I have recently bought a Canon EOS 550D. In the Manual Mode, I am unable to change the exposure level. What am I missing here? I am sure there must be a way to change it.
Based on experience, I am certain you are confusing exposure and exposure-compensation.
Exposure is a product of 3 parameters: ISO, shutter-speed, aperture. In Manual mode, you control all of these and doing so sets the exposure. @jrista shows very clearly how to control each of them. For how they relate, see What is the exposure triangle?.
Exposure-compensation (EC), marked on most cameras including yours by a ± sign, is an offset from the exposure the camera is computing in automatic (P, Auto) and semi automatic mode (S, A). In all these modes, the camera computes an exposure (based on the metering mode) and EC is how you tell the camera to adjust the computed value by a certain amount.
In other words:
- In all modes except manual: The camera computes an exposure and you use EC to tell it to make things brighter or darker relative to its guess.
- In manual mode: You set the exposure exactly using Aperture, Shutter-Speed and ISO. There is no offset the camera can apply because all the parameters have been fixed by you.
To change the exposure settings in Manual (M) on any of the Canon Rebel series, you use the main dial. Its near your shutter button, but a little more towards the back of the camera. You can't miss it, its a notched roll-type dial. By default, when in manual mode, rolling that dial will change your shutter speed. Roll one way to increase, roll the other way to decrease. To change your aperture, you use the same dial, however you must also press and hold the Av (+/-) button on the back of the camera while you roll the main dial. Pressing and holding the Av button will switch to aperture adjustment mode, instead of shutter adjustment mode. If you hold the camera right, that button should be easily accessible with your thumb. It should be noted that usually, the camera adjusts shutter and aperture in "1/3rd stops". This can be changed via the camera menus to "1/2 stops" if you so prefer. However you have it configured, one "tick" of the main dial represents one of those values. So by default, three "ticks" of the main dial would adjust shutter or aperture by a full stop.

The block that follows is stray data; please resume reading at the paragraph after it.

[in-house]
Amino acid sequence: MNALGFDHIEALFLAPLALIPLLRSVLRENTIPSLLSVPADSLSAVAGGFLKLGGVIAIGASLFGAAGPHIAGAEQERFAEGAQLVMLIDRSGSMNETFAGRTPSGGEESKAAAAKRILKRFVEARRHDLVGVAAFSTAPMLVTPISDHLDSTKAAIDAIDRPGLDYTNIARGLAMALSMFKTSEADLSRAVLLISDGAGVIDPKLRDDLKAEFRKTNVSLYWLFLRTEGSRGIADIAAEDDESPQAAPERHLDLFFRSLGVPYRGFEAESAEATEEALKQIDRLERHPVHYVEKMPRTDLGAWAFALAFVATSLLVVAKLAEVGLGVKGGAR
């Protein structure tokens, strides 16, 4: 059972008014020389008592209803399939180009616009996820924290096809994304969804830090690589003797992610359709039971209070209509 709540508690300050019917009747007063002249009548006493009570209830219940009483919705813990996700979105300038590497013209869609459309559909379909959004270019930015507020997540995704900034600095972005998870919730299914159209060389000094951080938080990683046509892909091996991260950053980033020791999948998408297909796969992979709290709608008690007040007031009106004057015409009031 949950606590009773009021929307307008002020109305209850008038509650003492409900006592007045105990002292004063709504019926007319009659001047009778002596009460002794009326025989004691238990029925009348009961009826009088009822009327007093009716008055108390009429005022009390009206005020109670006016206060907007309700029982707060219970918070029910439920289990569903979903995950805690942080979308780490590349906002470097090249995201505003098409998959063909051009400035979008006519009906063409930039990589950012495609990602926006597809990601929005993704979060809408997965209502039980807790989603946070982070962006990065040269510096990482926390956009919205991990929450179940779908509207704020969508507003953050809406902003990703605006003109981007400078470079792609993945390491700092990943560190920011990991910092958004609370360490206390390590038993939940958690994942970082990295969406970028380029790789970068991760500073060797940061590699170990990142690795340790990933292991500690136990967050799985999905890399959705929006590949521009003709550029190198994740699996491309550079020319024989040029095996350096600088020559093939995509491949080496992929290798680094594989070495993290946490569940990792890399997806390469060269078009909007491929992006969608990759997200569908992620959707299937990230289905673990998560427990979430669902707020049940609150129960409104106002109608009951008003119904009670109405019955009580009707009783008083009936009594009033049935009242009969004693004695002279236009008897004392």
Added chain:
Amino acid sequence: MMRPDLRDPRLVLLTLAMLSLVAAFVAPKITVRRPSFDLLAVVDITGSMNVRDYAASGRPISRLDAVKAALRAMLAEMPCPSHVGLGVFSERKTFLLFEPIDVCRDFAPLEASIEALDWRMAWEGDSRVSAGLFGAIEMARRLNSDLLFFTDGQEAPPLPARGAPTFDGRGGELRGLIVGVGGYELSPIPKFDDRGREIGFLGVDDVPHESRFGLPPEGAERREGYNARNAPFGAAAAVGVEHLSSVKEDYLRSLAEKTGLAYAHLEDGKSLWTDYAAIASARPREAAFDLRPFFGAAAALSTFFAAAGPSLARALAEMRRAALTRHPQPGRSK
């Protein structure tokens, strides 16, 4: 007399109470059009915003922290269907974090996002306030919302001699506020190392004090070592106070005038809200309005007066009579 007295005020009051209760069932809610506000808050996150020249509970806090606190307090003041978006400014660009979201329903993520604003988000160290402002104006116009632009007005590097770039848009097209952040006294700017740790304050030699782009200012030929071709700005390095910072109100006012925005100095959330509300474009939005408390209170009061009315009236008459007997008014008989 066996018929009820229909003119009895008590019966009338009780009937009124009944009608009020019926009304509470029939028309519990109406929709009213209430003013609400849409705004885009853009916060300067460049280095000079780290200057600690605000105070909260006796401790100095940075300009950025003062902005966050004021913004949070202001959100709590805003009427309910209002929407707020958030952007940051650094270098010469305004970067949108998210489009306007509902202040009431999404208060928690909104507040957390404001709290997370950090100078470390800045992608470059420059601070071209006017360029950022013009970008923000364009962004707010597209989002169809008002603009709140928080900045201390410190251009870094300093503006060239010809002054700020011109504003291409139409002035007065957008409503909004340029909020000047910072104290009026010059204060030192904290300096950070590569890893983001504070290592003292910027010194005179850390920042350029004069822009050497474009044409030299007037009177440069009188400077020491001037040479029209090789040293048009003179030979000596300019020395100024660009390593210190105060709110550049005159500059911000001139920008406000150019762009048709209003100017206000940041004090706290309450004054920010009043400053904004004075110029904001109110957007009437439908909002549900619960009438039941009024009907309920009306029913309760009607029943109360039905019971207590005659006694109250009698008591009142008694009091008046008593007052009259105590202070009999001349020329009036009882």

To adjust your ISO setting, you press the ISO button, which is again a little farther towards the back of the camera from the main dial. You press this button once to enter ISO adjustment mode. You can then either use the arrow controls on the back of the camera to select an ISO, or use the main dial again to "roll" through the ISO options. When you have selected the ISO you desire, press the ISO button again to actually set the selected ISO.
Finally, while not specifically a part of exposure, another common control is AF point selection. This can be achieved by pressing the the increase magnification button on the upper right back corner of the camera (looks like a blue magnifying class with a + in it). Once in AF point selection mode, you can again either use the arrow keys on the back of the camera to select an AF point, or use the main dial to roll through them. Pressing the same button again sets the selected AF point (or points, if you select them all.)
In manual mode, you are in control of the exposure factors - shutter speed, aperture, and ISO. To change the exposure, you'll vary these three factors in your camera - there are controls on your camera to change each of these factors independently. There shouldn't be one particular button or feature that changes them all while in Manual mode.
It's hard to tell what you are missing if you don't tell us what you've tried.
In manual mode, you can adjust shutter speed by turning the control dial (a rotating disc with ribbed edge sticking out of the body) behind shutter button. To adjust aperture, hold Av/exposure control button and turn that same dial. To adjust ISO sensitivity, press the ISO button behind the control dial and use the control dial or arrow buttons to choose another ISO (look at upper left corner on LCD for current setting).
When you change exposure, viewfinder status bar and LCD should show how much the new exposure is different from metered exposure, or blinking +/- if the difference is larger than 2 stops. Also, exposure parameters change on LCD and in viewfinder status bar.
If turning the control dial does not change the parameters, your camera probably needs repairing.